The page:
Commerce Secretary Malcolm Baldrige said yesterday the Japanese have taken a "real risk" of trade retaliation by refusing to extend limits on auto exports to the United States for a fourth year.
He told reporters at a breakfast meeting that the announcement made Thursday in Tokyo by Minister of International Trade and Industries Sosuke Uno harms efforts to ease trade tensions between the United States and its major Pacific ally and strengthens protectionist sentiments in this country.
The announcement came as a surprise to Baldrige, one of the administration's top trade officials, who visited Japan recently.
In another unexpected development, members of a high-level Japanese agricultural trade delegation reportedly surprised Americans with their sharp manner during a visit here this week. Sen. Edward Zorinsky (D-Neb.) became so annoyed that he walked out of a meeting with members of the Japanese parliament who were part of the delegation.
Baldrige said some change in the Japanese stance still is possible before the third year of restraints on shipments of Japanese autos to the United States ends on April 1, 1984. As another possibility, however, he said the Japanese may have wanted to make the announcement now to get the debate over before next year's American political campaign.
Some Washington trade experts have speculated that Uno's announcement was merely the first move in a Japanese effort to set new shipment limits substantially higher than the current limit. Others suggested that the head of MITI may have wanted to trigger the protectionist reaction that the announcement received on Capitol Hill as part of a campaign to convince Japanese automakers that a fourth year of restraints is necessary to prevent harsher measures by the Congress.
The Japanese automakers are concerned that the restraints are preventing them from capturing a larger share of the U.S. car market, which has just begun growing after three years of stagnation.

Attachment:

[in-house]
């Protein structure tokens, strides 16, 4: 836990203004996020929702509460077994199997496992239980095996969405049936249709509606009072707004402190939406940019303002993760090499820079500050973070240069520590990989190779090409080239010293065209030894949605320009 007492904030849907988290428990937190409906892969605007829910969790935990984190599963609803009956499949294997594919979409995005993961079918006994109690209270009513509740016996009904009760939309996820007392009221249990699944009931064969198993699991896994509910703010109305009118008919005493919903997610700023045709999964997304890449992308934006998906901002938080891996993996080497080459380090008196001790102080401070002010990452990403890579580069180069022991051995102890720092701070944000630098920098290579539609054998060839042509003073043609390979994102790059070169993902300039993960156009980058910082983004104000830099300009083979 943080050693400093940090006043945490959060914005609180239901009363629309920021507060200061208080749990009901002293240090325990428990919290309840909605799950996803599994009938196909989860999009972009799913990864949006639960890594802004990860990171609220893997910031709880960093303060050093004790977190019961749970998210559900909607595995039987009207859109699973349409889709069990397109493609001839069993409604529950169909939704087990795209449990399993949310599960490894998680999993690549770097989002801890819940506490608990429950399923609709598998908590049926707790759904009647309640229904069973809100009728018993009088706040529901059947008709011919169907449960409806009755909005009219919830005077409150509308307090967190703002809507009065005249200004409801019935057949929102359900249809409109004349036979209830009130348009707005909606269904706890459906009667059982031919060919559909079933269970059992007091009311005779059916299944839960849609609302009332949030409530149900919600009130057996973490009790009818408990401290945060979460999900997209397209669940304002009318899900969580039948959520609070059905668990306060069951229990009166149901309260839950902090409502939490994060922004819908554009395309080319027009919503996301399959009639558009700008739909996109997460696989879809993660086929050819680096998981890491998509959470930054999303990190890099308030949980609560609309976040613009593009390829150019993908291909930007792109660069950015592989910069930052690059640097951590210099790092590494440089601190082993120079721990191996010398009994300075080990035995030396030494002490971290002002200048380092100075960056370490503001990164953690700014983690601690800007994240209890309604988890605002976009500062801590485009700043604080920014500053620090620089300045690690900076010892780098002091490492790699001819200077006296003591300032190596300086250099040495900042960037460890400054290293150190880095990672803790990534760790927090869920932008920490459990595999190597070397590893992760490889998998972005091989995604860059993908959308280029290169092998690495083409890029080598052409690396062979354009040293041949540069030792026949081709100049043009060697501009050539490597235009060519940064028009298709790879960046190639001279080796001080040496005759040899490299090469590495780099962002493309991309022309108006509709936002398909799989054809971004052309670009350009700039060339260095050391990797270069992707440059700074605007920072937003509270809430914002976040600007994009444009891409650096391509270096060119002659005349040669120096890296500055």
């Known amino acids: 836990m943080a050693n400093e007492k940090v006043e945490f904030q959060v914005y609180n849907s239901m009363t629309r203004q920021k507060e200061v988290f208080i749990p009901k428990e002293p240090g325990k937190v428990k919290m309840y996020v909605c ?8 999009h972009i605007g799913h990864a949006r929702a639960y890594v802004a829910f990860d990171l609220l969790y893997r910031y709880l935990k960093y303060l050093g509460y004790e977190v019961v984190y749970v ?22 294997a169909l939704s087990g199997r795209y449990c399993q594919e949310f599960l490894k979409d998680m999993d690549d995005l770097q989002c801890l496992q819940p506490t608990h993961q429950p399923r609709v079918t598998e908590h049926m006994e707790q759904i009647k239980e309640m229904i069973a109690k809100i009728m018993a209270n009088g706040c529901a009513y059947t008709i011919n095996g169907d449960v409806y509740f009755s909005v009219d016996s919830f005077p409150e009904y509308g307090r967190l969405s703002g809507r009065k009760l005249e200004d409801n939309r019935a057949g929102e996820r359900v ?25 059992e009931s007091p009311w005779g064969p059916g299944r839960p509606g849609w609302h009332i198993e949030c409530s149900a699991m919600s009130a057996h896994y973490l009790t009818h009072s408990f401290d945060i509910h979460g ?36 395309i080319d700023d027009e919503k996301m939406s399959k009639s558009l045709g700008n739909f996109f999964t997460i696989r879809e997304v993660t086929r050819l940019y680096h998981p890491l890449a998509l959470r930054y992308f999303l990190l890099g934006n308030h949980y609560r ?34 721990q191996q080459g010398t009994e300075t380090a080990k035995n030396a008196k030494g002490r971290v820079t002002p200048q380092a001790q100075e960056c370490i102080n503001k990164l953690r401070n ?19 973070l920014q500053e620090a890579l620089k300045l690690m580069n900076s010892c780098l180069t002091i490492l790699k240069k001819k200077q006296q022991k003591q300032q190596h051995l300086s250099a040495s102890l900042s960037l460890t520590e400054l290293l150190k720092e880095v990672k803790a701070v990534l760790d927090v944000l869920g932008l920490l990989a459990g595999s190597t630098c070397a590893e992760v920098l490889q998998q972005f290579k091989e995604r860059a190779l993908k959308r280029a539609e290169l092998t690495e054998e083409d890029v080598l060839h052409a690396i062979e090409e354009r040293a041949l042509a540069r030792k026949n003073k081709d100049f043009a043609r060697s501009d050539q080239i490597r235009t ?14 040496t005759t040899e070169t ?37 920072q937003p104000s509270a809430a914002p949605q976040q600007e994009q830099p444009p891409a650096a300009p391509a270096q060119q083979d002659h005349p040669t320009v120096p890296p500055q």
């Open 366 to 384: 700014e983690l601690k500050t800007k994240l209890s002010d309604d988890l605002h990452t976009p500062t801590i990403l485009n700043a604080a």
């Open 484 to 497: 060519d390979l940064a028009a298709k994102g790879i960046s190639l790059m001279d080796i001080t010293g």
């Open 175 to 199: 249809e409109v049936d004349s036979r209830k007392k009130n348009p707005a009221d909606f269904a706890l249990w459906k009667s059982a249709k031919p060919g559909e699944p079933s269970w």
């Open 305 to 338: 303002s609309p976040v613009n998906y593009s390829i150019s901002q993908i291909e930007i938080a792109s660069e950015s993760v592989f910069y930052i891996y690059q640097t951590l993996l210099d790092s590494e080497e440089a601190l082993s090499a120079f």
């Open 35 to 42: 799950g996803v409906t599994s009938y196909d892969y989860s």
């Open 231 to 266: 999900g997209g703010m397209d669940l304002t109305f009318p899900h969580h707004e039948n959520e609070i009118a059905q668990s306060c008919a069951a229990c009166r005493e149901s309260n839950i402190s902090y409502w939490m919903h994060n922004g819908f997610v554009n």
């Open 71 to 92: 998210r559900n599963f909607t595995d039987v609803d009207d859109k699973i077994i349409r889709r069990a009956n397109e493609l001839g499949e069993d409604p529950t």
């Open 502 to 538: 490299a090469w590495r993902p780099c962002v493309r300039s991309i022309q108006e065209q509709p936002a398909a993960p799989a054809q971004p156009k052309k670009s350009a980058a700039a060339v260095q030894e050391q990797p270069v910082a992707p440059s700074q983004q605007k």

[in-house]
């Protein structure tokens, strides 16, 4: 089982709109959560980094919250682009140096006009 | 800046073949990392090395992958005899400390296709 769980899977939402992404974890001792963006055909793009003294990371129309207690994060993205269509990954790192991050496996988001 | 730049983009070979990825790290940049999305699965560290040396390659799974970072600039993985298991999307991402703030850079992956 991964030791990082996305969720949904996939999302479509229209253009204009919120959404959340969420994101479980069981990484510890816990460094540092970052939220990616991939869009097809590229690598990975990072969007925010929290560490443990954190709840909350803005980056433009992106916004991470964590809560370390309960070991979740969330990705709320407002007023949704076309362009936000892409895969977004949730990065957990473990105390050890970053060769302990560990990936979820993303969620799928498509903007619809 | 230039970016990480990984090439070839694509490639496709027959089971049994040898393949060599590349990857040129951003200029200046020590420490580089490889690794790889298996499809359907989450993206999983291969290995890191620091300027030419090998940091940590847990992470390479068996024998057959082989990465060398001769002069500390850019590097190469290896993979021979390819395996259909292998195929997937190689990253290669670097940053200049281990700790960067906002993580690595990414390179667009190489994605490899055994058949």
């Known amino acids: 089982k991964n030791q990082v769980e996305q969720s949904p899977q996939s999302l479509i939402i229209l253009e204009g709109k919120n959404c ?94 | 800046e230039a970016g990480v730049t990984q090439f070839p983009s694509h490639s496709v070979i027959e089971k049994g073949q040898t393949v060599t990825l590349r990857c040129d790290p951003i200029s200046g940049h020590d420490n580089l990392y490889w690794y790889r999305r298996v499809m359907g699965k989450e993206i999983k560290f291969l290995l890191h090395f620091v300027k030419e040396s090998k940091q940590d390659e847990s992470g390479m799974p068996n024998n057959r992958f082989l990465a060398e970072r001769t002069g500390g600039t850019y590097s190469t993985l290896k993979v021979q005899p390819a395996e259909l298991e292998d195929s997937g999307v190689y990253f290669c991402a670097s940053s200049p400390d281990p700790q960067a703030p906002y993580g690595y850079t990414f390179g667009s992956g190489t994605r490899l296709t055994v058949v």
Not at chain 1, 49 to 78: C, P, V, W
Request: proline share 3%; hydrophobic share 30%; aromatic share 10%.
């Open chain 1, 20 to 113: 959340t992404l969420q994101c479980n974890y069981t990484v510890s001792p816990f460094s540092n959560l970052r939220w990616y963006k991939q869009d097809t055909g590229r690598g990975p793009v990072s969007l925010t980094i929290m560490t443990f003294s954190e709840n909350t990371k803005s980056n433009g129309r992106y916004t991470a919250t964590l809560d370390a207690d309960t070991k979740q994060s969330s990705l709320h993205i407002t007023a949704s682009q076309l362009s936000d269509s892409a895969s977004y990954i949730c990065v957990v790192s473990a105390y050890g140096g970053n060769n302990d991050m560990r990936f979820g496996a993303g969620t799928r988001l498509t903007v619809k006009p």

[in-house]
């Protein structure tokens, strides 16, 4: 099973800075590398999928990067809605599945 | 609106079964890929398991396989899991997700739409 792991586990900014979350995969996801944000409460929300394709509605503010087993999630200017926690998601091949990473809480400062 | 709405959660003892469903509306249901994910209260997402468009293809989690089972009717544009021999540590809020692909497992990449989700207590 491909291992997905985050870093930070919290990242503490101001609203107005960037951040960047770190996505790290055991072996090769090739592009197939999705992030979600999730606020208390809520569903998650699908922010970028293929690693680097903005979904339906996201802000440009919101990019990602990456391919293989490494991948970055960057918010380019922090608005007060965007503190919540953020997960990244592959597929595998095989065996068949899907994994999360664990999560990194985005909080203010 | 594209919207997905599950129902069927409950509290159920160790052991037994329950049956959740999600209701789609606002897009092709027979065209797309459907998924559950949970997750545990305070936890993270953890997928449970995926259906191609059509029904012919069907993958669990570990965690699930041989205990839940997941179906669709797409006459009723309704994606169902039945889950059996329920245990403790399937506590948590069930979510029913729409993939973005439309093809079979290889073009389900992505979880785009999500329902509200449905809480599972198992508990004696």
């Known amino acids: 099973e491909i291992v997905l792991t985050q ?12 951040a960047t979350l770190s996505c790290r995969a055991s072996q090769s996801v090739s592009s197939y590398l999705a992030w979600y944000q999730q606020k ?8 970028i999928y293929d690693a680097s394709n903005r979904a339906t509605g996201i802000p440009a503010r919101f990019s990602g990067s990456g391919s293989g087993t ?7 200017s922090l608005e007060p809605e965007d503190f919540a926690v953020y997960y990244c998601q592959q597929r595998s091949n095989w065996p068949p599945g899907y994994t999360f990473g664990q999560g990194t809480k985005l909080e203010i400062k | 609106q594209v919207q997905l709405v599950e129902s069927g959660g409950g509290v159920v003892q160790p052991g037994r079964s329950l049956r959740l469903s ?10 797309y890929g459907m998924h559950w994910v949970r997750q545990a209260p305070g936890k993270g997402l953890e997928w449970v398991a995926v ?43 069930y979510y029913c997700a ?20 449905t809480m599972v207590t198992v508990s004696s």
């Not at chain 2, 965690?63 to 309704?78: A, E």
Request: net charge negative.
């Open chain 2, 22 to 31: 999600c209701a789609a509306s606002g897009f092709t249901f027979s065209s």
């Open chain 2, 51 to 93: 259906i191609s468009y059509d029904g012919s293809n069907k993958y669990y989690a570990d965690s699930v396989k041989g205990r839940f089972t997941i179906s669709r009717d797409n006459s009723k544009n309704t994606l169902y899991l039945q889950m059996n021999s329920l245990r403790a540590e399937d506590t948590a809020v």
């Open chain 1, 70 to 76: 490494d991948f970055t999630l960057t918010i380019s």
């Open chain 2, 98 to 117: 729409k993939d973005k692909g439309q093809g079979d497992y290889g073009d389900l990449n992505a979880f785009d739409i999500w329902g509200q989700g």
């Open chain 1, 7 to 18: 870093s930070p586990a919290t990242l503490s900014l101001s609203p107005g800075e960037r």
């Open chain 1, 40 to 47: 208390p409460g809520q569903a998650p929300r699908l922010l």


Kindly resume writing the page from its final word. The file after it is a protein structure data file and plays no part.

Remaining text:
In April 1981, Japan agreed to hold auto shipments to the United States to 1.68 million units for that year, with an increase in 1982 if overall U.S. sales rose, which they did not.
The Japanese agreed in February to extend the restraints for a third year, but were noncommittal on a request by U.S. Trade Representative William E. Brock for a fourth year of limits, beginning next April.
"I think the Japanese are taking some real risks when they say they are not even going to negotiate for a fourth year," said Baldrige. "They are well aware of that. I am not sure what their reasons were in coming out like that. None of us are."
He said the Tokyo announcement increases the chances for passage of labor-supported local-content legislation requiring that an increasing percentage of the best-selling brands of imported cars--all Japanese--be made by American workers using U.S. parts.
"I still don't think it will pass, but this increases its chances," added Baldrige, the Reagan administration's point man in opposing the legislation.
Despite his dismay over the Japanese announcement, he cautioned against the growing sentiment on Capitol Hill to hit back.
"If we get exasperated at one incident or another and say we will lead the charge toward protectionism, we endanger the jobs of 20 percent of America's industrial workers and 40 percent of its farmers who depend on exports," Baldrige said.
On Capitol Hill, Sen. Robert Dole (R-Kan.), chairman of the Finance Committee, criticized the Japanese announcement and said it goes against promises by the government of Prime Minister Nakasone to cooperate with the United States on trade problems. He said Congress may take "remedial steps" if Japanese exports threaten the U.S. auto industry's recovery.
The Uno announcement "must call into question Japan's commitment to responsible participation in world trade," Dole said.